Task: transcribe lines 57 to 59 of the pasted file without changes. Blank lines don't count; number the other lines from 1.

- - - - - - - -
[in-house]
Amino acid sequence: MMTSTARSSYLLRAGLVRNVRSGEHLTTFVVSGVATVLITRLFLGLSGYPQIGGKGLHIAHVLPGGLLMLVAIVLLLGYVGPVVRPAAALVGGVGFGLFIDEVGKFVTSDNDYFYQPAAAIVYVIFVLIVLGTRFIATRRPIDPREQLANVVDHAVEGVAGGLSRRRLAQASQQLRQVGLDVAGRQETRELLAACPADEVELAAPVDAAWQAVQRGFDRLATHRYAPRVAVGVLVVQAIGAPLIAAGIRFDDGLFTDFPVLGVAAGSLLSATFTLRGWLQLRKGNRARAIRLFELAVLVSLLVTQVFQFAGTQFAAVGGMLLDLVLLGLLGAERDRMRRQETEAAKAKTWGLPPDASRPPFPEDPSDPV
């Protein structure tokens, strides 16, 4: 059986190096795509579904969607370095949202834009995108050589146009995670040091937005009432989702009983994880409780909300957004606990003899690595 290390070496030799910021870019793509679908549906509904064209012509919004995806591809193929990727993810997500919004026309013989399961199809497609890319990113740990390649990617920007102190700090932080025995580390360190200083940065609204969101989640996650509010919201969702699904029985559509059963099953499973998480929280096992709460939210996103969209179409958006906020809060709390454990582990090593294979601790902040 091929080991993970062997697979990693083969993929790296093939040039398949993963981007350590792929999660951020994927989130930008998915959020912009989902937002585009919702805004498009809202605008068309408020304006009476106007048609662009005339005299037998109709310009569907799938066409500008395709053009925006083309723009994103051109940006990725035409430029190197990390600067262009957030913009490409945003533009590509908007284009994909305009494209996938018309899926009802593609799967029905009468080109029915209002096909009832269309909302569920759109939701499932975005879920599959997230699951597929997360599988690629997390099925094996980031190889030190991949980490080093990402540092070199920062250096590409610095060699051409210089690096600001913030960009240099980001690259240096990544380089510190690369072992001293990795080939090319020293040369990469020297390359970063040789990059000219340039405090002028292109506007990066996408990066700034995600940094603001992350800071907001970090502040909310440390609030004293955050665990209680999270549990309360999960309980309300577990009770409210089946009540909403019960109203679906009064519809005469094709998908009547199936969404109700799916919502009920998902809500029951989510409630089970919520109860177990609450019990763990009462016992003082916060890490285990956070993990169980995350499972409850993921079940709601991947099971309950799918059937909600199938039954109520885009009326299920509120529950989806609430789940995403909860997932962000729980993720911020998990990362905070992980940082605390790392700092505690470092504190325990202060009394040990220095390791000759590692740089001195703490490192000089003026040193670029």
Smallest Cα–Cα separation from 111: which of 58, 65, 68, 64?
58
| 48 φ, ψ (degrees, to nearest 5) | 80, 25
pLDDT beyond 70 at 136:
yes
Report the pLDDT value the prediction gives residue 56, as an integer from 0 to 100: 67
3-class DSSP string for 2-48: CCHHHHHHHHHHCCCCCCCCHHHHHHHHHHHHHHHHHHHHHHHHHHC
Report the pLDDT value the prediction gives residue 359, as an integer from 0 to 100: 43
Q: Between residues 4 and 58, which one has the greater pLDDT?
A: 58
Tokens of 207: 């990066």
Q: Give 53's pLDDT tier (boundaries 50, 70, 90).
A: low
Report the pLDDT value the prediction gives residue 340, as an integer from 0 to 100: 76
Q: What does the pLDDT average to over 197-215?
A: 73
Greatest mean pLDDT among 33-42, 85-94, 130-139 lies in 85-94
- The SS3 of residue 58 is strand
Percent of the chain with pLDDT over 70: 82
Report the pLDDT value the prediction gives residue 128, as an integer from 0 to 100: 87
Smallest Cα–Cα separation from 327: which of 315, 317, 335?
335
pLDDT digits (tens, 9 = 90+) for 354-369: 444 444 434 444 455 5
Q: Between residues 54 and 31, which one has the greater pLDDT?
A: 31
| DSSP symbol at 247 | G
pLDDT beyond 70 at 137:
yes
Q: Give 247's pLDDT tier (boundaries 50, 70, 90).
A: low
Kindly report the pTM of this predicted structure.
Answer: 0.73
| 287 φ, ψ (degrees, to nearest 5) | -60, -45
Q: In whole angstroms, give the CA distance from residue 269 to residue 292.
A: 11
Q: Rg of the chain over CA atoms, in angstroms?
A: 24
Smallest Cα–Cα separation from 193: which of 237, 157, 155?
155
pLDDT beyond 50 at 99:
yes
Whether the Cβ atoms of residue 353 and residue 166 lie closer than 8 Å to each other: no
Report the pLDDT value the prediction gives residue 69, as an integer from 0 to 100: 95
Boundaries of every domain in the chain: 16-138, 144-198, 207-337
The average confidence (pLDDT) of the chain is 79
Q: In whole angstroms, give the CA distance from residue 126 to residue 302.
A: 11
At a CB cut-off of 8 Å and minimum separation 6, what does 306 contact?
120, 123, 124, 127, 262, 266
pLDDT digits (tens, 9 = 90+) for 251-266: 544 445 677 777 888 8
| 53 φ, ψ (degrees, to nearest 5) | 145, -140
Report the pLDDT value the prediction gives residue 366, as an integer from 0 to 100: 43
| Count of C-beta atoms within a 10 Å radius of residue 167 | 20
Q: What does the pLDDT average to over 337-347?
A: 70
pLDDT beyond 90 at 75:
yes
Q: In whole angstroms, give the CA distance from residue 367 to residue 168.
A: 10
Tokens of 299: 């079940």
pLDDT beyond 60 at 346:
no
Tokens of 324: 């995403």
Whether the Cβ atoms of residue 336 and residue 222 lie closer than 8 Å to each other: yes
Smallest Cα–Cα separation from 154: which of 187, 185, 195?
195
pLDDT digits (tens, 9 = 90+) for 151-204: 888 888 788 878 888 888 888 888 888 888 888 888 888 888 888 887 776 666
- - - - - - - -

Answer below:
Q: What does the pLDDT average to over 337-347?
A: 70
pLDDT beyond 90 at 75: